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Spitbank Fort (Portsmouth)
Member Name: caro
Spitbank Fort (Portsmouth)
Date: 09/09/00, updated on 17/06/01 (446 review reads)
Advantages: Very interesting, fun
Disadvantages: Limited visiting times
Spitbank Fort is one of four Victorian sea forts in Portsmouth harbour, known as ‘Palmerston’s Follies’. They were originally planned to protect Portsmouth naval base against French invasion. However, by the time of their completion it was apparent that France was not only not going to attack, but had never planned to do so. Hence the 'folly' nickname.
Work had begun in 1861 but the plans changed several times; work was also delayed while the government debated the relative merits of such forts as compared to armoured ships. As a result, construction the fort was not finished until 1878.
Of the four sea forts, Spitbank is the only one restored and open to public. It remained in use as part of the coastal defences until 1956 and was declared surplus to requirements by the MoD in 1962. They sold in 1982 and the new owners restored and opened it. Of the other forts, one is currently unused, while another has been converted into a luxury home (now available as a luxury venue for events, and currently for sale at a bargain ten million pounds).
The fort is a round building, surrounded entirely by sea so that the only way to visit is by boat (the trip takes about 15 minutes each way or can be part of a three-hour tour). Built of stone, concrete and granite, the walls are 15ft thick and were armoured with teak and iron to resist heavy fire. This construction makes the fort a distinctive and imposing sight both viewed from shore, and at close quarters when you land by boat.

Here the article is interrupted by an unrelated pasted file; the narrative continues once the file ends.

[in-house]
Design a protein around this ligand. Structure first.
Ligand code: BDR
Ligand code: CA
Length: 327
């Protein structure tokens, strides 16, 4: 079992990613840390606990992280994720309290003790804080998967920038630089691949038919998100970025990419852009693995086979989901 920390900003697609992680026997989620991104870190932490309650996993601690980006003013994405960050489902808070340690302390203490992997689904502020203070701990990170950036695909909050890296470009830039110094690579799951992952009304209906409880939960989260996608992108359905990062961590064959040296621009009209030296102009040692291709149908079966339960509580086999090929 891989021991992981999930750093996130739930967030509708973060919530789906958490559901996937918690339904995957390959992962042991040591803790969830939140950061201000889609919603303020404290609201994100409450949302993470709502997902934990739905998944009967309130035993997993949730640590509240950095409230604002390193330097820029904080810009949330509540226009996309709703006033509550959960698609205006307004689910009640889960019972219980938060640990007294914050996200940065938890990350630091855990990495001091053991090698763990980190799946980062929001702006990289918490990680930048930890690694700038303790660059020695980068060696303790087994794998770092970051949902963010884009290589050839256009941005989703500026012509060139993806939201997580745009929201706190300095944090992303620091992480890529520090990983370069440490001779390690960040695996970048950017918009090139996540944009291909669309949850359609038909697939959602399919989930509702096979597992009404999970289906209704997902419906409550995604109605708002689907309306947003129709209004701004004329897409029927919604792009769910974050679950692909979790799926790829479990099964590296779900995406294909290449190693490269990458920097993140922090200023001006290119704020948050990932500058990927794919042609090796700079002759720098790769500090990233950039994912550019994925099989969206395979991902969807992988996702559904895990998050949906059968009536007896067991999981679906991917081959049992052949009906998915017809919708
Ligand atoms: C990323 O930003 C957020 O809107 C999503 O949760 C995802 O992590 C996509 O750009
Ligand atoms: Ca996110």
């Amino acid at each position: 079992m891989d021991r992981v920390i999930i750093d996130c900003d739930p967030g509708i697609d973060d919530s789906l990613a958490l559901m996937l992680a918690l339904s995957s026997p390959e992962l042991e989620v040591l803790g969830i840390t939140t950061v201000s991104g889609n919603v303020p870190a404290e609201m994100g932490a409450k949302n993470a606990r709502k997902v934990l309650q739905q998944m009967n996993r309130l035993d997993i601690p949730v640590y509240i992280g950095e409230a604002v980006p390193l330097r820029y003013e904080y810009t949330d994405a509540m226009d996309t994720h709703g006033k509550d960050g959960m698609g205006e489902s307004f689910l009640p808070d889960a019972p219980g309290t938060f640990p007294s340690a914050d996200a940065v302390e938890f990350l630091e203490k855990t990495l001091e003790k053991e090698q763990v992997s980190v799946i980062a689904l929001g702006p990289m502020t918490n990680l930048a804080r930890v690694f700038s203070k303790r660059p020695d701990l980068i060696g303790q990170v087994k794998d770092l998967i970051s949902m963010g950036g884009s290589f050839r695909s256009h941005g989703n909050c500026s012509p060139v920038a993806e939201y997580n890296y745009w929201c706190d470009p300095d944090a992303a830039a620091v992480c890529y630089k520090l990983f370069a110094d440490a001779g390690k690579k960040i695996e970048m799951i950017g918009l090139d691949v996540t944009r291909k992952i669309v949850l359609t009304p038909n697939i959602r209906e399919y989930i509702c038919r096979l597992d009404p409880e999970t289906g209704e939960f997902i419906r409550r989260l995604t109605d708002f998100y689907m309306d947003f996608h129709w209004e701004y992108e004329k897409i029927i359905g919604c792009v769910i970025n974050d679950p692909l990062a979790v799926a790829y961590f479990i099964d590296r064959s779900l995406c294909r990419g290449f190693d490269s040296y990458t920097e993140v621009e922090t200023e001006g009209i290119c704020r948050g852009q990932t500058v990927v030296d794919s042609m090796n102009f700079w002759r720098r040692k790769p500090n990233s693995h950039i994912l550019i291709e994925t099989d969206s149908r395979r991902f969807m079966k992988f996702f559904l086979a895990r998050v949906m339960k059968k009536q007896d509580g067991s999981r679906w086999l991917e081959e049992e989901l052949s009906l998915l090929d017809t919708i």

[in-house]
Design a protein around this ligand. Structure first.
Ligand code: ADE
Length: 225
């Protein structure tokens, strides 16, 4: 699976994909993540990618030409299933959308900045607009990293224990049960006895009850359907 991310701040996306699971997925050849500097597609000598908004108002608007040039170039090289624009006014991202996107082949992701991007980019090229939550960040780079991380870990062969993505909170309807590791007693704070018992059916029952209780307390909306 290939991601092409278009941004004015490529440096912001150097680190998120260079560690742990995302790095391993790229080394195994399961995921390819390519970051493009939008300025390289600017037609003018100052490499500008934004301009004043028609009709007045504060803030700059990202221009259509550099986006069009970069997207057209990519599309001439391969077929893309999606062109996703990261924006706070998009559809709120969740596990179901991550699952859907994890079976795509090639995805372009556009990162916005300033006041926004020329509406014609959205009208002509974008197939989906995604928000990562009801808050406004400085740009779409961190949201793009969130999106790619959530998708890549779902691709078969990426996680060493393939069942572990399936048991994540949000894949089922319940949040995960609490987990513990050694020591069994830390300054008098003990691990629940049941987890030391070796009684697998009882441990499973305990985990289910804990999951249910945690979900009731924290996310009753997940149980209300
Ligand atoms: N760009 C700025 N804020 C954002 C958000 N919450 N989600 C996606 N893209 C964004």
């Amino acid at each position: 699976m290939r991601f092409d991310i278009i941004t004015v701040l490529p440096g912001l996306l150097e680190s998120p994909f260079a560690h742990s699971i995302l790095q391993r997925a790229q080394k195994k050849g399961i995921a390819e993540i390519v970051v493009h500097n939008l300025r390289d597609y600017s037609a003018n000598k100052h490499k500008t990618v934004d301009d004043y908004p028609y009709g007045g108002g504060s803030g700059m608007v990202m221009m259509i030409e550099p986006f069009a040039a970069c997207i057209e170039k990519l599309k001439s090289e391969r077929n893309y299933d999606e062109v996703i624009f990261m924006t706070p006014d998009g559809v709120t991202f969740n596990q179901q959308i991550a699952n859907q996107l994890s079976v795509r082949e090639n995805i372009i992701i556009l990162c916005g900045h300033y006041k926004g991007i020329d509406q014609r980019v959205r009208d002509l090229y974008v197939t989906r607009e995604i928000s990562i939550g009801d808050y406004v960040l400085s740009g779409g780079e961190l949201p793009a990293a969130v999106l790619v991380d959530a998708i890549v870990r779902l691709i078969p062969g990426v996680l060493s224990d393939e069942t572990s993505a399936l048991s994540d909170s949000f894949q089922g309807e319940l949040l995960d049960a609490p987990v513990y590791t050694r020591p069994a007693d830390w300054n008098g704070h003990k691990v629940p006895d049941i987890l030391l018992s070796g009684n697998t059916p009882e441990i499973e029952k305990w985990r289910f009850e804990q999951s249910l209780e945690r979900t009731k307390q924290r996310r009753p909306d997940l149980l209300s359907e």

Although initially, I wasn't too keen to visit the fort as I'm not really interested in military history, I'm very glad I did as I enjoyed myself immensely. On arrival, you can take a guided tour: this is well worth doing as the fort is a bit of a maze, so the overview is helpful, and you also learn a lot of fascinating history. Most interesting of all, you get a strong sense of what life was like in the fort during the
nineteenth century - although it's hard to appreciate how claustrophobic and overcrowded it must have been when it had its full wartime complement of over 150 people.
After the tour, you are free to explore at will. There are over 50 rooms arranged around a central courtyard/staircase, and all of these seem to be open to the public. As well as those which held guns (there are several replica guns now in place), you can see the kitchen, forge, and well. Dug (or do I mean drilled?) in 1877, the well is just over 400 feet deep and can provide large quantities of very pure, fresh water.
If you're feeling brave, you can explore the 400-foot passage which circles the fort. It's barely wider than your shoulders, and lit only by a candle you carry with you. (It's also wet and smelly...). Climbing the steps to the top of the fort is also worthwhile (and definitely less smelly!), with great views across Portsmouth harbour.
Once you’ve finished exploring, there is a bar/tea shop, so you can pause from exploring the fort to have refreshments. Despite the monopoly, prices are very reasonable.
This was a brilliant way of spending an afternoon, and I enjoyed it very much. Reasonable weather probably helped: although most of the time was spent indoors, it was fun to climb onto the top and to sit in the courtyard for drinks. Calm sea also ensured an enjoyable crossing! All in all, a boat trip to Spitbank Fort provides a fascinating insight into an unusual landmark.
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